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New UMD Woodwind Quintet Aims to Go Beyond Traditional Classical Canon

November 13, 2021 School of Music | The Clarice Smith Performing Arts Center

Members of Ignis, the graduate fellowship woodwind quintet.

“Ignis” plans to make chamber music more accessible to the public.

The university’s new graduate fellowship woodwind quintet is on a mission to make chamber music more accessible to the general public.

Formed in Fall 2021, Ignis, which is named after the Latin word for fire, is already exploring lesser-known repertoire, such as “forgotten” works explored in a bass trombonist’s dissertation project. Ignis also hopes to commission new works and popularize woodwind quintet music as a genre.

Ignis graduate fellowship woodwind quintet, from left to right: Nathaniel Wolff with an oboe, Christian Whitacre with a bassoon, Danielle Kim with a flute, Kyle Glasgow with a clarinet, and Zachary Miller with a French horn.

The quintet features Danielle Kim on flute, Nathaniel Wolff on oboe, Kyle Glasgow on clarinet, Zachary Miller on horn and Christian Whitacre on bassoon. Each member is receiving partial tuition remission and a stipend to pursue a two-year Master of Music degree at the SOM.

Ignis acknowledges the barrier of entry into the realm of classical music and thus is dedicated to amplifying the voices of underrepresented composers in the western classical music world. They aim to push the boundaries of chamber music beyond traditional performance principles by incorporating secondary instruments like piccolo and English horn, recording non-standard quintet works and performing free recitals for the community to enjoy.

They also enjoy collaborating through community engagement and outreach. The group had their debut performance at a Music for All Terps Pop-Up Concert in the Stamp Student Union during NextNOW Fest 2021. The performance was part of the University of Maryland’s new campuswide Arts for All initiative, which aims to broaden the footprint of the arts across campus. In a statement, Ignis said they appreciated the opportunity to introduce wind quintet music to the campus community.

Members of Ignis woodwind quintet in front of Stamp Student Union.

“There’s something special about providing an audience with a new, novel experience,” the quintet said in a statement. “The opportunity to discover music in unfamiliar territory and bring audiences along for the ride feels immensely rewarding.”

Ignis receives weekly coaching sessions from SOM faculty Mark Hill, professor of oboe, and Sarah Frisof, associate professor of flute. Already engaging in an active performance calendar, Ignis was recently featured on "Latin American Collage: Uncommon Perspectives," an SOM student-led event that celebrated Latin American musical traditions from different cultural regions; the event is available to watch on demand until late December 2021. Coming up, Ignis has concerts scheduled at both Collington, a Kendal Life Plan Community in Mitchellville, Maryland, and the Arts Club of Washington in Washington, D.C.

As an educational team, Ignis engages in outreach programs, including mentoring the musicians of the Maryland Classic Youth Orchestras at Strathmore in North Bethesda, Maryland. The members of Ignis said that they are excited to coach, teach and inspire young musicians.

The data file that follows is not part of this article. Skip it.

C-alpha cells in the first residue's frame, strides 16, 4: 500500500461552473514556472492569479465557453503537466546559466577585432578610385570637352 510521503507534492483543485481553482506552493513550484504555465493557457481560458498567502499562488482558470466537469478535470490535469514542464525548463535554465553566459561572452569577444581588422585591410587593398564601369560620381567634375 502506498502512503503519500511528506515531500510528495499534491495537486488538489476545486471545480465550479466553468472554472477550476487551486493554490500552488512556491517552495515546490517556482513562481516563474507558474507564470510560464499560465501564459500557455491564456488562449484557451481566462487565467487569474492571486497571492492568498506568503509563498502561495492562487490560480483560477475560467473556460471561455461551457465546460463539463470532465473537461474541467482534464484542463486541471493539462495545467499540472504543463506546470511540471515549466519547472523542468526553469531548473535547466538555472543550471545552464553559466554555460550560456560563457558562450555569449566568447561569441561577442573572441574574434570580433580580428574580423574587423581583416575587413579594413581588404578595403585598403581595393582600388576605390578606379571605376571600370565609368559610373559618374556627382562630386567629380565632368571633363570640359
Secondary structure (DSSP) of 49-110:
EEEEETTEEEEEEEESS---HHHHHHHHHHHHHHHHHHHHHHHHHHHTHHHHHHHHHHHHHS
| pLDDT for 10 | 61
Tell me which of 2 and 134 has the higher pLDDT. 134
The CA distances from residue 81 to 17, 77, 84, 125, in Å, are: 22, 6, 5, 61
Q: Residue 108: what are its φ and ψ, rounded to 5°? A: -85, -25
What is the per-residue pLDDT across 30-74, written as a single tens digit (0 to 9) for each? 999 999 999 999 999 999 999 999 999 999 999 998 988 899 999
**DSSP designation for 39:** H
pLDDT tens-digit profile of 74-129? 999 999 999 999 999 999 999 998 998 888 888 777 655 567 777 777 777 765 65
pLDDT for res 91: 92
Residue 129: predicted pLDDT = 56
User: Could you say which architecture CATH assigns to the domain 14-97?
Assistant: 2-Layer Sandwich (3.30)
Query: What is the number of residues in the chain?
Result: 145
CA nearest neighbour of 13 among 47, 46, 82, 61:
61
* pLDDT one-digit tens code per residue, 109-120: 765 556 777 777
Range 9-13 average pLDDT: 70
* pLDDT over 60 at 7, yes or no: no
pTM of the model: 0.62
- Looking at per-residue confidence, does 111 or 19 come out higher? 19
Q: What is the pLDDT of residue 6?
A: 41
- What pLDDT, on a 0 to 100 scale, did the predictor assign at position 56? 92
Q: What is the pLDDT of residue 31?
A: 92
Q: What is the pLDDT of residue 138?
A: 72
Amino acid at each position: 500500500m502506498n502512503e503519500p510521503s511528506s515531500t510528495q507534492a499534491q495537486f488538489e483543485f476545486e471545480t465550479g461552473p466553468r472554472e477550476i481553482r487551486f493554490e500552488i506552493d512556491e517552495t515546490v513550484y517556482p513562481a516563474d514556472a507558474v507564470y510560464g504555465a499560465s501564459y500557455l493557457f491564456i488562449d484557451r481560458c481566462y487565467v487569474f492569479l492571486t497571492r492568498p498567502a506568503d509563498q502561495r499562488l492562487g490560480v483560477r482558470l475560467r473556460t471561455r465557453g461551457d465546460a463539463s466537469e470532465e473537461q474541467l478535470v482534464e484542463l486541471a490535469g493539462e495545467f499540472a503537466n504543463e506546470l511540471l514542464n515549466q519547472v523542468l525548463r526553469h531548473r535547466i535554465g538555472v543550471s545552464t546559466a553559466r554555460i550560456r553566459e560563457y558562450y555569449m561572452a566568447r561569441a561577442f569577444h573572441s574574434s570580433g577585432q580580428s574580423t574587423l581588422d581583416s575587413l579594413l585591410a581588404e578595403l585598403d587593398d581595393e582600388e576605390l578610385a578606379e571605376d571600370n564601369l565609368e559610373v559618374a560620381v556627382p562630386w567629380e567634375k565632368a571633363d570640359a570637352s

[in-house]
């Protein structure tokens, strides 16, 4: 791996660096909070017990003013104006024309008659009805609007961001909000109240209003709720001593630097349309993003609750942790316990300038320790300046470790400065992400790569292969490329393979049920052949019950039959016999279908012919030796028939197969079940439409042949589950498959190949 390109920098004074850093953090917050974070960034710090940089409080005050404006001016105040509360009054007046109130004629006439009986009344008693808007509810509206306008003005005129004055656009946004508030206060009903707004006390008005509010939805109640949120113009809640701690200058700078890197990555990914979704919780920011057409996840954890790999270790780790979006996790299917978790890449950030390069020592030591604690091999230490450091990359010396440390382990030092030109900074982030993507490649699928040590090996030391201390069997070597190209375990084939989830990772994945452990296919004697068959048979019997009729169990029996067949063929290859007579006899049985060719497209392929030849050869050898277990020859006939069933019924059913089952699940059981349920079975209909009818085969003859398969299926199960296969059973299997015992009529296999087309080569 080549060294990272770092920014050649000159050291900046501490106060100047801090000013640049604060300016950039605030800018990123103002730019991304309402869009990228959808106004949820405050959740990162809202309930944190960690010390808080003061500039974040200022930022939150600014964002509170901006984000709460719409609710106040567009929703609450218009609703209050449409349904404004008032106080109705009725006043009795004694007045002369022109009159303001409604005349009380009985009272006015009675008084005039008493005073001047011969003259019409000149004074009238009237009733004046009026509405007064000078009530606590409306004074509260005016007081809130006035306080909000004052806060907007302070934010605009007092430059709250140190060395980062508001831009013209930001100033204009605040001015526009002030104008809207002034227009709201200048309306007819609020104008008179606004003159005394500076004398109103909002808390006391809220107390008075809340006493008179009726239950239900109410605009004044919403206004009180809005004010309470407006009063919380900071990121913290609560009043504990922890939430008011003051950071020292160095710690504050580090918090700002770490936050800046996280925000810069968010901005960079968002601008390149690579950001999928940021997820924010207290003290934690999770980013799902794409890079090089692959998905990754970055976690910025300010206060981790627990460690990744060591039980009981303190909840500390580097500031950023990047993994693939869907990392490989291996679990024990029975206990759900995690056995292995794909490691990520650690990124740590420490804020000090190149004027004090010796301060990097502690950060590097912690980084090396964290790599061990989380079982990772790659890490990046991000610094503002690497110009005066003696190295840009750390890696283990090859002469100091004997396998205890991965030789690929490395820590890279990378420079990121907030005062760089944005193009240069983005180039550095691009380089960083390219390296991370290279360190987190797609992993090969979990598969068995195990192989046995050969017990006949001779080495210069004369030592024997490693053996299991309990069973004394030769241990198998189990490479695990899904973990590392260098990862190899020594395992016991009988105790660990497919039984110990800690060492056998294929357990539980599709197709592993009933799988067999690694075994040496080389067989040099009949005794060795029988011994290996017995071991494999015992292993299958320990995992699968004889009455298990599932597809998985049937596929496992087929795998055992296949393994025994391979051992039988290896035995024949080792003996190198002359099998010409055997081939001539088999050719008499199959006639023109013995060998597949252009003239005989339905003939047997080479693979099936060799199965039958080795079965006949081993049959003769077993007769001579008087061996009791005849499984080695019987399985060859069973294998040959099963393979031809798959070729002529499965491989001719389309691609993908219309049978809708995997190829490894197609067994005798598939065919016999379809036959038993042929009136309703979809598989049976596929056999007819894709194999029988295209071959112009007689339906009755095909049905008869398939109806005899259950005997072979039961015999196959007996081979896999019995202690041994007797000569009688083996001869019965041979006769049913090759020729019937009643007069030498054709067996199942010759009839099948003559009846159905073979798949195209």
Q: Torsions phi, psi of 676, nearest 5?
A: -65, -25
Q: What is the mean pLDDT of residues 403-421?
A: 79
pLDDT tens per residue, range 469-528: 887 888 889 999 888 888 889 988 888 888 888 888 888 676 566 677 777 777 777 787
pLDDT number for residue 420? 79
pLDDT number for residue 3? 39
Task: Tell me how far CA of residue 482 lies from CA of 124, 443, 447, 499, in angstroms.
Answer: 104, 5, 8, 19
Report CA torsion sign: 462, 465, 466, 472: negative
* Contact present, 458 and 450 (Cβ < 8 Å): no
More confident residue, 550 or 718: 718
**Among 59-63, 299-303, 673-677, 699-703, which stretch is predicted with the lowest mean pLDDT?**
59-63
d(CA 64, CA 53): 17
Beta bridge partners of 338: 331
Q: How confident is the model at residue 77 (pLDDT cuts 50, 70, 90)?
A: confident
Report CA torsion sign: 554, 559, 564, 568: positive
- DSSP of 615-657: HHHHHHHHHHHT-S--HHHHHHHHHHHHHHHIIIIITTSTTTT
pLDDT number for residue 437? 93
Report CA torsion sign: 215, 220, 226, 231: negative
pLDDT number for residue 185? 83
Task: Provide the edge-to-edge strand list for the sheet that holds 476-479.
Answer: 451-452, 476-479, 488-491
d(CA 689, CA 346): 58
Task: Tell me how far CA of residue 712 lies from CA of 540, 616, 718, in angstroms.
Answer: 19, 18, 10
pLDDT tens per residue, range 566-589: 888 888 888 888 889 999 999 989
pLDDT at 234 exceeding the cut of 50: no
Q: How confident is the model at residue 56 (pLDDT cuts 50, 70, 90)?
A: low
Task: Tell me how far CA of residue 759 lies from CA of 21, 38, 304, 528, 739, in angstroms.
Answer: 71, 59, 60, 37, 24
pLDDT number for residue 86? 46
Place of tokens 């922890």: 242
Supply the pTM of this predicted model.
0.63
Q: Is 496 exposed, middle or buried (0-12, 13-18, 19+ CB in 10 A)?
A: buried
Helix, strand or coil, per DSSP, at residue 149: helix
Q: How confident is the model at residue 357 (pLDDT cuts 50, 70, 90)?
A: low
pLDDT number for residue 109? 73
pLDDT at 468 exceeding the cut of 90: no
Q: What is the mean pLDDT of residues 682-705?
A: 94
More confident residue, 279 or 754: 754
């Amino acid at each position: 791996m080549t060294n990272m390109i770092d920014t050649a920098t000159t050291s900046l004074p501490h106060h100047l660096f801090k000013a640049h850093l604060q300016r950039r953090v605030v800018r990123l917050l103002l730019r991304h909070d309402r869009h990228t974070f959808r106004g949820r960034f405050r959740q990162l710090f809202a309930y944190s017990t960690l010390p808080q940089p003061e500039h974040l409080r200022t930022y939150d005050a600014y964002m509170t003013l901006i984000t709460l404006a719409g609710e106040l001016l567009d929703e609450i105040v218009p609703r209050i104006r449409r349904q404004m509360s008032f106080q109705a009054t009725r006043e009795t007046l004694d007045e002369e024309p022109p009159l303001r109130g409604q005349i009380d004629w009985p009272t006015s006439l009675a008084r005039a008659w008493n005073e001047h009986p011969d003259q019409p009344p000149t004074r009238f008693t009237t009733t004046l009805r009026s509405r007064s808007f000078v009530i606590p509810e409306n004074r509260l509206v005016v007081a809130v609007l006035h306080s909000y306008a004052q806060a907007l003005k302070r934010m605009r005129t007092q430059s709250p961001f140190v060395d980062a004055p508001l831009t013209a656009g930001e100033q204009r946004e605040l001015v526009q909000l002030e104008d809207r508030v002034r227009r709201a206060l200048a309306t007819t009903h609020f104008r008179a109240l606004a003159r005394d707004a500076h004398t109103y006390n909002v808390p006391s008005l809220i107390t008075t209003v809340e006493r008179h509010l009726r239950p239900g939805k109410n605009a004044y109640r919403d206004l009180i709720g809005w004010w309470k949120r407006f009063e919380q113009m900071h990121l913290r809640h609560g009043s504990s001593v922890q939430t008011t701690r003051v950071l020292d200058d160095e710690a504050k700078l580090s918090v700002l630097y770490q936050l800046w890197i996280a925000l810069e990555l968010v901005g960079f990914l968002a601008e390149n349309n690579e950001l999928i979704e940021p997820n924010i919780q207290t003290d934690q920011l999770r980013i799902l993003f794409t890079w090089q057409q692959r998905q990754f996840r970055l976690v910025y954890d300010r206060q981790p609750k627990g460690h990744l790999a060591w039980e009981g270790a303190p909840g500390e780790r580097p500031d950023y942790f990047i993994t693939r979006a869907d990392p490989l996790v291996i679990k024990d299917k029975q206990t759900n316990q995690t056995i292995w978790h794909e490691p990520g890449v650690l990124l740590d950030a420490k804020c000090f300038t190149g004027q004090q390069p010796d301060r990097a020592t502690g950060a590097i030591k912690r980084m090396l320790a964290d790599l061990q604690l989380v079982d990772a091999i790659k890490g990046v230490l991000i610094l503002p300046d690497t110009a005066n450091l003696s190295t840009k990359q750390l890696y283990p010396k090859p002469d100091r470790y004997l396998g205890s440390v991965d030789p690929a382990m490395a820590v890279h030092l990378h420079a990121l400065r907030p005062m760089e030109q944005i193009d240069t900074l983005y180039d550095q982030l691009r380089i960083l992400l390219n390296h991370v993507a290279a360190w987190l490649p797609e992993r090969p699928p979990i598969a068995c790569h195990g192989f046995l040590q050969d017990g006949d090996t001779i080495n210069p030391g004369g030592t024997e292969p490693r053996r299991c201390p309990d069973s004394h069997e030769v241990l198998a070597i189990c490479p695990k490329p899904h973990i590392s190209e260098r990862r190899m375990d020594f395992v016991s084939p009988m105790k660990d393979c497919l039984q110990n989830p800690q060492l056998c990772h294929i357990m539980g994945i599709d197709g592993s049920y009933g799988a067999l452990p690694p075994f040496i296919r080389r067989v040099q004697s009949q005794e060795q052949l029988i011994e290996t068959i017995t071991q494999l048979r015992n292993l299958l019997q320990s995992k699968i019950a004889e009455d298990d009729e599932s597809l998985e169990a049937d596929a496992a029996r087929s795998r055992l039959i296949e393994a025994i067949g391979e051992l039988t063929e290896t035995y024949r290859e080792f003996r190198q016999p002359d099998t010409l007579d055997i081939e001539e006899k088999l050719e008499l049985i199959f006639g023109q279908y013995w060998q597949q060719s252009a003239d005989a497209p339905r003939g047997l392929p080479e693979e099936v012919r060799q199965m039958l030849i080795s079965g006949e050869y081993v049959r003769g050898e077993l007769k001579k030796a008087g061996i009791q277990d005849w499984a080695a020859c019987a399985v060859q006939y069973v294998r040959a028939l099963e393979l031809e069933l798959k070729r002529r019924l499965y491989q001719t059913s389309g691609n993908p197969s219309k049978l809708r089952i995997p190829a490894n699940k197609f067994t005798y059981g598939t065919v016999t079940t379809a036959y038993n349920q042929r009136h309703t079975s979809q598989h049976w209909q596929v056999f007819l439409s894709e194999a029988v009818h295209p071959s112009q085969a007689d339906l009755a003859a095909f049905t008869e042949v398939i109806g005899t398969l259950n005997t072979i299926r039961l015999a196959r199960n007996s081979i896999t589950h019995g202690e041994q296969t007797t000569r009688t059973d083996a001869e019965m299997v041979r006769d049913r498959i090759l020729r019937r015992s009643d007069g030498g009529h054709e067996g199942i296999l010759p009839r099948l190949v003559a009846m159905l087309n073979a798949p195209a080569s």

Outside of participating in the quintet, each member of Ignis brings their own unique backgrounds to the music stand:

Danielle Kim, originally from Virginia, began her flute studies while she was living in India. She has primarily studied with Jihoon Shin of the Qatar Philharmonic Orchestra and Leah Arsenault of the National Symphony Orchestra. She earned her Bachelor of Music degree in flute performance from the University of Michigan, where she studied with Amy Porter and graduated with high honors. Currently, Kim is pursuing her Master of Music degree in flute performance at the SOM with Sarah Frisof. 

Nathaniel Wolff is pursuing his master’s degree in oboe performance at the SOM, where he studies with Mark Hill. He earned his bachelor’s degree in oboe performance studying with Nancy Ambrose King at the University of Michigan, where he graduated summa cum laude. Wolff has received additional instruction from Eric Ohlssohn, Emily Brebach, Jamie Roberts, Robert Stephenson, Elizabeth Koch Tiscione and Kim Lorch.

Kyle Glasgow, who earned his bachelor’s degree at the SOM last spring, returns for a master's in clarinet performance. He continues to study with Robert DiLutis, and he has previously worked with D. Ray McClellan, Sara Reese and Douglas Monroe.

Zachary Miller earned his bachelor’s degree in horn performance at Shenandoah Conservatory, where he studied under Geoffrey Pilkington. He is currently studying with SOM Director Gregory Miller (no relation) as he pursues his master’s degree in horn performance. He has had the opportunity to work and collaborate with other notable horn players such as Amy Horn, Rodger Whitworth and James Nickel. 

Christian Whitacre is a Washington, D.C.-based musician pursuing his master’s degree in bassoon performance at the SOM under the tutelage of Joseph Grimmer. He holds a bachelor’s degree from the New England Conservatory, where he studied under Richard Svoboda, principal bassoonist of the Boston Symphony Orchestra. His previous teachers also include William Winstead, Barrick Stees and Charles McCracken.

Ignis’ first full fellowship recital, “Echoes of the Past,” will take place on Sunday, Dec. 5 at 5 p.m. in Ulrich Recital Hall, which is located in Tawes Hall. It will feature works by Valerie Coleman, David Maslanka, Maurice Ravel and Malcolm Arnold. The recital will be livestreamed and open to the public for in-person attendance.

To stay up-to-date on upcoming performances and events, follow Ignis on Instagram @ignisquintet.

Photos by Patrick Lill and David Andrews.